U. S. Presidents Who Owned Slaves


Here it is again, the intersection of Presidents Day and Black History Month. Eight of our early presidents, beginning with George Washington, owned slaves during their tenure in the nation’s highest office. The two I am most familiar with, given my career at the historic sites of Monticello and Montpelier, and as the author of the recently published A Slave in the White House (Palgrave Macmillan, $28.00) are Thomas Jefferson and James Madison.

Jefferson and Madison owned over a hundred enslaved people at their Virginia plantations and took several slaves with them to the White House. Running the domestic side of the executive mansion was a private undertaking then, and the third and fourth president each assembled a household staff, headed by a French steward, of about ten: white and free black workers, slaves hired in the capital, as well as slaves from their plantation.
Slavery was not a debate. It was a crime being perpetrated on real people in real time.
Ten-year-old Paul Jennings was one of the home slaves selected by President James Madison for the White House household staff. As a footman Jennings set and served meals, assisted the coachman, and ran messages and other errands. Later he became Madison’s personal manservant or valet, and in freedom he authored the first White House memoir.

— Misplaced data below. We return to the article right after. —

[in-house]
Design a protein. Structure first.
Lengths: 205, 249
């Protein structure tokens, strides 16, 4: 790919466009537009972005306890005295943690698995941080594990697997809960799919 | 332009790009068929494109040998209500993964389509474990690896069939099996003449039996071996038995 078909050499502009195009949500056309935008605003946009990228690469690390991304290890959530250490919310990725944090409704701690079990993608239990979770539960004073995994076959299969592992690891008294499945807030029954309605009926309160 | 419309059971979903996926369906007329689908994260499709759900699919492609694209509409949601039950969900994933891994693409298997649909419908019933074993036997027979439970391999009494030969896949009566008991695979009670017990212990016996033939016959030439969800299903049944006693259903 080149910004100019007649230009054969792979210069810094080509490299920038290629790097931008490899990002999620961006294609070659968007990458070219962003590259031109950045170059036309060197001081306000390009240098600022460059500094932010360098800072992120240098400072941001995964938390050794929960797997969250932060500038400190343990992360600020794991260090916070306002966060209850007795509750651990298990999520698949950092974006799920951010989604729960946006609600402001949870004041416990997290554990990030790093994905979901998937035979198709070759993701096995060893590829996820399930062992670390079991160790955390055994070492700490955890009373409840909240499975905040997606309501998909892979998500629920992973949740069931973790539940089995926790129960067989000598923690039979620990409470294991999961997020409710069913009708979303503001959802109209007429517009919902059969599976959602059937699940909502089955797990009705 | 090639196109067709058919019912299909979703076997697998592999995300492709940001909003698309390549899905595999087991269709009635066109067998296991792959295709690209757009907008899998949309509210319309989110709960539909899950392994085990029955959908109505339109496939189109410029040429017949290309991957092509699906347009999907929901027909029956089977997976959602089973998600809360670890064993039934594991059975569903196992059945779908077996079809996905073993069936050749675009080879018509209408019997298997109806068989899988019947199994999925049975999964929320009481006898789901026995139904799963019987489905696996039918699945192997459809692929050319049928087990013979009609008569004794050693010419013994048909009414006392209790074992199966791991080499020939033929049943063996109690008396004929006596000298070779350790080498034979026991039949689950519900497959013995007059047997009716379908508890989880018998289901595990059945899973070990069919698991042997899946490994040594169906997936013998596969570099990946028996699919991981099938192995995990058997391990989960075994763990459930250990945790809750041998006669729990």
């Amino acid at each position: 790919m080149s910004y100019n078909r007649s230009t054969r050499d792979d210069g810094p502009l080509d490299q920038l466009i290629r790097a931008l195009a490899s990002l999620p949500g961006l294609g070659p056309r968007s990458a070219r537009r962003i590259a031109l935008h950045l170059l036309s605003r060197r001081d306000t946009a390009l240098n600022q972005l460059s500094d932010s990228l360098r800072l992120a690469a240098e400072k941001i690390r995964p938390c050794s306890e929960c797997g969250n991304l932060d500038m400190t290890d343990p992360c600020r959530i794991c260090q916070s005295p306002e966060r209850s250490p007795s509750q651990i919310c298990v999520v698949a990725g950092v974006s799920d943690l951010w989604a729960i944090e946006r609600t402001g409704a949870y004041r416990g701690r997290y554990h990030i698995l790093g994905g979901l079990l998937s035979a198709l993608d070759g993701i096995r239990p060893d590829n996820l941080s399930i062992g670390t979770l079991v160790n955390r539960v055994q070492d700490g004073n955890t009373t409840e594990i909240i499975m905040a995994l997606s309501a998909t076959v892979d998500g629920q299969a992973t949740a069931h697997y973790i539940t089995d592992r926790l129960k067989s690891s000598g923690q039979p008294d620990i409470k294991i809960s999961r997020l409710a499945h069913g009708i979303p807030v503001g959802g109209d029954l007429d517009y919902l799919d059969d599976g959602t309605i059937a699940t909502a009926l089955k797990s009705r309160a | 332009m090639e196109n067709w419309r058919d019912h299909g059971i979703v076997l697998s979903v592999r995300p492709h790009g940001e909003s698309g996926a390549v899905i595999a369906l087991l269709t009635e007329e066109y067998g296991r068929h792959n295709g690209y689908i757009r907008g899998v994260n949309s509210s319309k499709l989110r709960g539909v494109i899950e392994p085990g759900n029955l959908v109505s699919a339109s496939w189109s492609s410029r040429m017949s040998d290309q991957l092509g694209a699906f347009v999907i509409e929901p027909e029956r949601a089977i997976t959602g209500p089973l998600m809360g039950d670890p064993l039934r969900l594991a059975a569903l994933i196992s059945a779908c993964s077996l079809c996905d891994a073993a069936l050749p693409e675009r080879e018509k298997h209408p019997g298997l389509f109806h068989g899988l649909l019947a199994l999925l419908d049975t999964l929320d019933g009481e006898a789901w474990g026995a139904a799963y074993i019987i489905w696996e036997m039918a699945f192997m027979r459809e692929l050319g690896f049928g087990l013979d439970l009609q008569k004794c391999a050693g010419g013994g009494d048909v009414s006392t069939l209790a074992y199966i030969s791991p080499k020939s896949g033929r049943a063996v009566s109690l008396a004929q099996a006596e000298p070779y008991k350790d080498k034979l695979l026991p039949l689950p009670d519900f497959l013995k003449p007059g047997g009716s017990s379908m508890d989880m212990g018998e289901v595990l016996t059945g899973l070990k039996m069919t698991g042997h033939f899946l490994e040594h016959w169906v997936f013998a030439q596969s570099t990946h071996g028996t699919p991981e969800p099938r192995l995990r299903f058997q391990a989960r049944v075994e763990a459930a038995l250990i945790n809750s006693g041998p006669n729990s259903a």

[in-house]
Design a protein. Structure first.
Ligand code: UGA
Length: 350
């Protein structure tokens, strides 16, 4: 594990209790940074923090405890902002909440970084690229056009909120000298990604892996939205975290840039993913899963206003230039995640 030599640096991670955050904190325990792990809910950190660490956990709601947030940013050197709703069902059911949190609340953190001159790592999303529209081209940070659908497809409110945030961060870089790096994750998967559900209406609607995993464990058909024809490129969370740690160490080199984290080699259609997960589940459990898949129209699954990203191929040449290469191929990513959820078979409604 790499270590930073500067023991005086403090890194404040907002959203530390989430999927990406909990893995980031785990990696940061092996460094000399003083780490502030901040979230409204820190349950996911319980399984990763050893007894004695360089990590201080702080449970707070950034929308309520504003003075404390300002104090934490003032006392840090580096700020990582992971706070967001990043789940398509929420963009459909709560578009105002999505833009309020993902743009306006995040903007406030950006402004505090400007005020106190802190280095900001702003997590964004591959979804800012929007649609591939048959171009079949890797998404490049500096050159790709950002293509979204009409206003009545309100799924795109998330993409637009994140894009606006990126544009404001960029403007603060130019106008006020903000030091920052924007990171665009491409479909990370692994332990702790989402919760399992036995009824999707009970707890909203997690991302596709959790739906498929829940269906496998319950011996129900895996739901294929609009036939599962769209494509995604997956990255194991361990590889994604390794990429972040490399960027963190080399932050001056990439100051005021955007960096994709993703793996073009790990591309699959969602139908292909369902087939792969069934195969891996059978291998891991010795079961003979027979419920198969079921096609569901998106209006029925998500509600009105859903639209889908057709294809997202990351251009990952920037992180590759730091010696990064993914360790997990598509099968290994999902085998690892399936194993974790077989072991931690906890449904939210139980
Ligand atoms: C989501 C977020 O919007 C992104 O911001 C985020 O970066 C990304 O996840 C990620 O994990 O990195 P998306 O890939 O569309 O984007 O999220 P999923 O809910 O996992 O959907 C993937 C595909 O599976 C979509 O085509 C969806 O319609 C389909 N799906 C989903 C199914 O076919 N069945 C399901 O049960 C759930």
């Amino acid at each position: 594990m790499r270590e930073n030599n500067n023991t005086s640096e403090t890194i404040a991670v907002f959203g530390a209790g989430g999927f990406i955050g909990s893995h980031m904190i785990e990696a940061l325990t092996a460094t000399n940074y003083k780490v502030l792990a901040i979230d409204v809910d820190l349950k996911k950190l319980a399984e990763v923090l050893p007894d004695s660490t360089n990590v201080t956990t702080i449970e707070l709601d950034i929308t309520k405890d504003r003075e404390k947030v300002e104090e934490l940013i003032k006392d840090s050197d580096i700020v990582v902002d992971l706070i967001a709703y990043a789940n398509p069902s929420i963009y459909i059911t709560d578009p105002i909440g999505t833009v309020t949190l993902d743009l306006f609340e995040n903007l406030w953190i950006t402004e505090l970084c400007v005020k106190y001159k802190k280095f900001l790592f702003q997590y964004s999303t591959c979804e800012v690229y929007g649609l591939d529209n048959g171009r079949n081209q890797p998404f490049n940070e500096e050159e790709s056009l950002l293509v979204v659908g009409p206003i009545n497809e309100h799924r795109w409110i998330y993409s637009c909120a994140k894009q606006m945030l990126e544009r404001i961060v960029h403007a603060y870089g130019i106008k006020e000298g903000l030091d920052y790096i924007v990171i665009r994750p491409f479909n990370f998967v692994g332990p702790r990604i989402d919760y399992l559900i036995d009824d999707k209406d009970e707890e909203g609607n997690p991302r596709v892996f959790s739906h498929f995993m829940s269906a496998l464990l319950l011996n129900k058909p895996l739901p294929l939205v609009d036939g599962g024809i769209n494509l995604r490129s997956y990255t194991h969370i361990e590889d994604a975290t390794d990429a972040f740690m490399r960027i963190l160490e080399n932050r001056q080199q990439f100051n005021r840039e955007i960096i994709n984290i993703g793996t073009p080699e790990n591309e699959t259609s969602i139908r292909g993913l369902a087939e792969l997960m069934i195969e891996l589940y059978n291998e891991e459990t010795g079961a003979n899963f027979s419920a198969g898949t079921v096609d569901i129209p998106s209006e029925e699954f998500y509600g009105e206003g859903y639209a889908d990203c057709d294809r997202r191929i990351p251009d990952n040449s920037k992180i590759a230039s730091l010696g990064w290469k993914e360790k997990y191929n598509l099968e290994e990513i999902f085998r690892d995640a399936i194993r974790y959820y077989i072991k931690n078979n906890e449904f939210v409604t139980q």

One enslaved man, John Freeman, served as a White House footman during both Jefferson’s and Madison’s administrations. Jefferson purchased Freeman in 1804 with the understanding, set by his former master, that he was to be freed in sixteen years. In 1809, the year Madison’s first term began, the third president sold Freeman to his successor for $231.81 (calculated to the penny based on Freeman’s remaining time as a slave). This is the only recorded instance of the sale of human property between these two presidents, though Jefferson also sold a woman, Thenia Hemings, and her five young daughters, to another of our slave-owning presidents, James Monroe.
It is easy to see the contradiction–some say hypocrisy–in the author of the Declaration of Independence and the father of the Constitution lording over plantations of more than one hundred slaves and presiding over a government devoted to upholding individual rights while being served by enslaved footmen in livery.
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SOURCE: The Huffington Post
Elizabeth Dowling Taylor